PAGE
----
If you’re anything like me, your head has been scratched many times in the last year because of the price of crude oil. When I started at Stanford in 2001, both gas and oil prices (15US$/barrel) were low. Much too low to encourage rapid development of greener alternatives for transport or electricity production. My colleagues and I certainly expected (and hoped!) that the oil price would go up in the years following. Global demand was clearly increasing, with most of the demand rise caused by growing economies in China and India. But none of us had anticipated the very sharp increases between mid 2006 and mid 2008, with the extraordinary peak of $145US just this last summer. While I write this story, the crude oil indicator to your left gives $48.85 after another 2% decline since yesterday morning. And I certainly also had not expected that!!
In the 70s we also experienced an oil price shock. At that time though supply disruptions were clearly to blame. These last couple of years it’s not so easy to understand what drives the global oil price. Of course, balance or imbalance between global supply and demand is still a critical factor, as is the strength, or weakness, of the American dollar since oil prices are expressed in this currency. But these can not solely explain the steep increases and very rapid decreases that we have witnessed. Certainly, demand outstripped growth in crude production and oil-refining capacity up to mid 2008 (IEA World Report 2008), and contributed to the price increase, and the US dollar significantly weakened in the same time frame. However, the sudden drop of the last two months, which was not accompanied by a major shift in demand and supply, seems to indicate that there is more to it than simple market and currency analyses.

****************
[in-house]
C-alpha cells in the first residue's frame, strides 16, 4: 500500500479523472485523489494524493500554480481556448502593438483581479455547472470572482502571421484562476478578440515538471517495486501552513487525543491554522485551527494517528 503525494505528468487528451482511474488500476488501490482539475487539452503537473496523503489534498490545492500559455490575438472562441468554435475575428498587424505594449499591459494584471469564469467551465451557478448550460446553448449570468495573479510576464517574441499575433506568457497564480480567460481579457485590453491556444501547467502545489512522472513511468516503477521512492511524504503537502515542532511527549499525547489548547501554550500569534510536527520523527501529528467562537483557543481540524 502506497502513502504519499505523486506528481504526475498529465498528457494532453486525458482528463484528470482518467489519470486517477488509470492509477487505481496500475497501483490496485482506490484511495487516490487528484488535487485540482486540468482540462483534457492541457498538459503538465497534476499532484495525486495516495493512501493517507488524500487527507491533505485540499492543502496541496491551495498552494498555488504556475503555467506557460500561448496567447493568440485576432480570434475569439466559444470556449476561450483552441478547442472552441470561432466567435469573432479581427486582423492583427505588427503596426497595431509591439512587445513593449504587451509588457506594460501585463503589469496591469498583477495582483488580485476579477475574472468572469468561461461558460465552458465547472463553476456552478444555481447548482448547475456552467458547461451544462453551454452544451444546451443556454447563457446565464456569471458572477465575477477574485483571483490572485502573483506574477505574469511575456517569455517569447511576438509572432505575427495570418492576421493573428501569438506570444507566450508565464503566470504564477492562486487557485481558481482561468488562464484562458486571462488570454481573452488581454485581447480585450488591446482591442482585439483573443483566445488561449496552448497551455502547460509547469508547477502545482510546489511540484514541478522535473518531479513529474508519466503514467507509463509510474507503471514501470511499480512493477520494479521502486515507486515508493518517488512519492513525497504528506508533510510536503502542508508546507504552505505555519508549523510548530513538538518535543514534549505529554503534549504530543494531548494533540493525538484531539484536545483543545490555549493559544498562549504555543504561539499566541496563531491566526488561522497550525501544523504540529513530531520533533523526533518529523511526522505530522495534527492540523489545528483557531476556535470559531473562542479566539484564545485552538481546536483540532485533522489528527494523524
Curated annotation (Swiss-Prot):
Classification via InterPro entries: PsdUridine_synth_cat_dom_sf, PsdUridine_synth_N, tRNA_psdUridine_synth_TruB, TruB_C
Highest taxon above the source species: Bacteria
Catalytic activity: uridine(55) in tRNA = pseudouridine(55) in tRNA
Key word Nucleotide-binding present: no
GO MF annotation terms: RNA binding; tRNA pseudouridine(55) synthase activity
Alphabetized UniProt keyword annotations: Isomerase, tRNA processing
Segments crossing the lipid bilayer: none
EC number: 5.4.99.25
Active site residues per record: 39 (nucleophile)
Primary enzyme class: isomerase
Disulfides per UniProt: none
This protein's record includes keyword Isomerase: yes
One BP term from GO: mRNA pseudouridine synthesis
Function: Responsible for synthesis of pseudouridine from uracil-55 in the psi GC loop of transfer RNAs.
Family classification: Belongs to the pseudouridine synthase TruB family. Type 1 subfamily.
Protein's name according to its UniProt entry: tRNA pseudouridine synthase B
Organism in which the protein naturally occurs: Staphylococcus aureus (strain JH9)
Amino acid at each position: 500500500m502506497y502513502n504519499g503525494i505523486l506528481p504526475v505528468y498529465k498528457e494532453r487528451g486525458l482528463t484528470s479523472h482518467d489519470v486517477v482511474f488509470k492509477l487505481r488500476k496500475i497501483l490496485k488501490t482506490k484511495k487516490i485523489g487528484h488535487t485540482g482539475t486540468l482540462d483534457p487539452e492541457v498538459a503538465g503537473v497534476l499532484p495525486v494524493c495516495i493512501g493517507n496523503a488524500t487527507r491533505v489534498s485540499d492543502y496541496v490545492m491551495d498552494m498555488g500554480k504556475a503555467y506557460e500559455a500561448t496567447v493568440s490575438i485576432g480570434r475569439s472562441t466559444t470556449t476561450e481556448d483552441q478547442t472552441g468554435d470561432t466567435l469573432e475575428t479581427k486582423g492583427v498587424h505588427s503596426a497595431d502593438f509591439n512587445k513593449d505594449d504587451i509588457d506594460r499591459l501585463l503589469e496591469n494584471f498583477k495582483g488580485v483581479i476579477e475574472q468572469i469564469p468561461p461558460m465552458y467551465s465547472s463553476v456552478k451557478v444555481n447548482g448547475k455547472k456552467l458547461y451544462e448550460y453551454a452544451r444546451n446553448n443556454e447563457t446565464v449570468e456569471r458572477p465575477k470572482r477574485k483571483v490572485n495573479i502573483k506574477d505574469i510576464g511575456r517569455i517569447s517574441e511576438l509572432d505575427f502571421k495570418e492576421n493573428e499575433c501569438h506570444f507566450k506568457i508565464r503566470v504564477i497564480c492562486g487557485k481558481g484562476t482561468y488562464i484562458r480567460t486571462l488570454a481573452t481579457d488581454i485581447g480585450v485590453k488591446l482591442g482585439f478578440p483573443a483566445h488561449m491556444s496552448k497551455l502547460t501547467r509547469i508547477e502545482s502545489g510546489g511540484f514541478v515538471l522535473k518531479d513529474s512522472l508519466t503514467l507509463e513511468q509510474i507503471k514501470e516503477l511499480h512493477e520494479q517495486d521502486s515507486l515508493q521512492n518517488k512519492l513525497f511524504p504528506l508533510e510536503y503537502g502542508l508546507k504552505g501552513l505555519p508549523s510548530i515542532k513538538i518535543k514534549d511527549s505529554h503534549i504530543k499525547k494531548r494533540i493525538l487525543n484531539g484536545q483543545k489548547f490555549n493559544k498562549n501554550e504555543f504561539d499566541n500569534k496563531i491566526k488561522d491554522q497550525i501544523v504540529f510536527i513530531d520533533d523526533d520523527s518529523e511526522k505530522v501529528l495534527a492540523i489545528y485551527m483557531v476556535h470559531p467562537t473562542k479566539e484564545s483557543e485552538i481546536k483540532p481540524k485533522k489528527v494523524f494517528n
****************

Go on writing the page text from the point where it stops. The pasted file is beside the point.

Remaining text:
I personally believe that speculation also played a role in driving up the oil prices. In the last couple of years the expectation has grown that the oil supply side will be (significantly) constrained in the near to medium future. These speculations were amplified by growing unrest in Nigeria, one of the largest oil exporters to the US, and other worries, such as the Iran nuclear energy program and the increasingly felt vulnerability to foreign energy dependency in the US. However, it is easy to point the finger to speculators, and much harder to give convincing evidence that speculation is indeed a major factor. The amount of money invested in the petroleum commodity market certainly has increased. But it is not clear to me if this in itself drove up prices. You see, a speculator is involved in both sides of the market: he/she buys but also sells, and must sell before the contract expires. Very rarely do oil speculators in fact physically receive and store oil and so little oil is kept off the market. At the same time, the sharp decline in recent months does lend support to believers in a speculative bubble in late 2007/mid 2008.
Since I’m not a market analyst, I was very interested to hear the outcome of the March 2008 Expert Roundtable organized by the IEA (International Energy Agency) to discuss this very issue. The experts could not agree however on the mechanism and extent to which money flows on the oil market affect prices. In IEA’s opinion (and I quote here from the World Energy Outlook 2008), “the limited information available makes it impossible to account meaningfully for the cross-market interactions that routinely take place between different future exchanges and over-the-counter markets. Gaps in market as well as financial data obscure the real drivers of prices”.
I am really fascinated by the current oil price behavior. I am sorry that the oil price has slipped down so much as this decline is, increasingly, affecting investments into current and future alternative energy projects as well as oil exploration and production projects. The latter is negative, rather than positive, because I fear that in the next years we are facing a potential short term oil crisis unless we heavily invest in production capacity and infrastructure, but more about that some other time. The former is lamentable for obvious reasons. I’m half expecting increased SUV sales in the next quarter. Perhaps the current crisis in Detroit and the financial uncertainties will prove me wrong. Let’s hope.